Credit Unions Continue to Seek Relief After Reg Relief Bill Comes Up Short; Updated CURIA Language in the Works
WASHINGTON -- Though it may be difficult to recognize from previous forms, a pared-down Financial Services Regulatory Relief Act was signed into law this year, leaving credit unions to continue pursuing regulatory relief.
In a late night session that ran into the wee morning hours of Sept. 30, prior to adjourning for the campaign season, the Senate passed the final iteration of the bill by unanimous consent, which means there were no remaining objections; just days before the House passed the bill 417-0. Credit union specific provisions in the legislation included allowing low- and no-cost land leases on military installations; expanding the 12-year loan maturity limit to 15; permitting wire transfers and check cashing for anyone within the field of membership; and the so-called "FASB fix" from the original Senate bill, which will change the definition of net worth in the Federal Credit Union Act to avoid the unintended consequences of anticipated accounting rule changes. Another was added to clarify the Federal Trade Commission's authority to begin oversight of private deposit insurance disclosures with states overseeing the availability of the insurers' financials originally enacted in the Federal Deposit Insurance Corporation Improvement Act about a decade ago. Additionally, the law permits, but does not require, the Federal Reserve to begin paying interest on Reg D "sterile" reserves in 2012. Reg relief was signed into law by President George W. Bush Oct. 13. NCUA acted quickly to implement the new law at its Oct. 19 board meeting with an interim final rule permitting credit unions to offer wire transfers and check cashing to potential members. The House version of the bill included more than a dozen credit union specific provisions and was the product of six years worth of work. While the final version was not nearly as expansive, credit union lobbyists were heartened to see that credit unions received equal treatment with banks and thrifts concerning the general number of provisions and the substance.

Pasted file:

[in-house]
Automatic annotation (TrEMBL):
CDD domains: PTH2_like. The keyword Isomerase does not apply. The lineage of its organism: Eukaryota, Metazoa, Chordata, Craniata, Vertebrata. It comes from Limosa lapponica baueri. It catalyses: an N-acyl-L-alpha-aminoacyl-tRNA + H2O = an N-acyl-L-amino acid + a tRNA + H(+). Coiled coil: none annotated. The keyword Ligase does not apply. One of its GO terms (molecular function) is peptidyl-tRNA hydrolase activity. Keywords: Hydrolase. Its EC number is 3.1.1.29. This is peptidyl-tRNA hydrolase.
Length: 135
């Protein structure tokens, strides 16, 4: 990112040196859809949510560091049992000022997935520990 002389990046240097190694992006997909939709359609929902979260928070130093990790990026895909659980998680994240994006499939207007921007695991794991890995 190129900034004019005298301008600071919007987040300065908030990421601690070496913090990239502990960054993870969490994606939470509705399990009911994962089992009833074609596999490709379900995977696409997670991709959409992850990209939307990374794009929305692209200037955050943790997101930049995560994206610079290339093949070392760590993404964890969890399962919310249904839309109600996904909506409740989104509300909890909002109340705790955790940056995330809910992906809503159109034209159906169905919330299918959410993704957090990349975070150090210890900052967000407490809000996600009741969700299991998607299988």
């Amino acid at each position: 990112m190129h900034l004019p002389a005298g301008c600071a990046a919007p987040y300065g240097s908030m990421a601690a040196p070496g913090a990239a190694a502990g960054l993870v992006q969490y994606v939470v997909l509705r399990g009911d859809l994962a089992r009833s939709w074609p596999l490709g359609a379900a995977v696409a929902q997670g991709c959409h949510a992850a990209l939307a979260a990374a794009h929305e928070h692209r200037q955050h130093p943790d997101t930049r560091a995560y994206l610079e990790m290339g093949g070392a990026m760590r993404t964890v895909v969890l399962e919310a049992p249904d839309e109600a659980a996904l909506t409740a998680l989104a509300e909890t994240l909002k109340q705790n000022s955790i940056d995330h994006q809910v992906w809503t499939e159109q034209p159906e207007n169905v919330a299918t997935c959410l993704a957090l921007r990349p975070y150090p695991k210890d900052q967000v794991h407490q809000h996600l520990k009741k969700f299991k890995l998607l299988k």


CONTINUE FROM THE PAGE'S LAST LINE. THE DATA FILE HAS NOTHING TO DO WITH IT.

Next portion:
Tensions nearly toppled the balance that was regulatory relief. When a House "proffer" to the Senate included a provision to eliminate thrifts' business lending cap with nothing for credit unions, CUNA threatened to kill the bill. The provision was removed despite audible moans and groans from America's Community Bankers and others.
No rest for the weary, however. Credit union lobbyists--as well as the banks'--continued to strategize on how they will launch their next regulatory relief offensive in the 110th Congress. While all-encompassing regulatory relief legislation is being discussed, credit unions are still pushing their own bill, the Credit Union Regulatory Improvements Act.
Lobbyists have said the legislation, co-sponsorship of which grew to 125 in the 109th Congress, will be tailored similarly to the most recent version of CURIA. The sections concerning risk-based capital reform and business lending are expected to remain as well as the other smaller provisions that did not get approved with regulatory relief such as allowing credit unions converting to community charters to maintain their select employee groups outside the adopted community and permitting credit unions to lease out office space in underserved areas regardless of the fixed asset cap. Credit union lobbyists are also pursing changes to the Credit Union Membership Access Act that would allow all federal credit union charter types to adopt underserved areas.
CURIA's primary sponsors, Congressmen Ed Royce (R-Calif.) and Paul Kanjorski (D-Pa.), have expressed interest in the bill again for the new Congress, though Kanjorski could take the lead given the Democratic take over. --email@example.com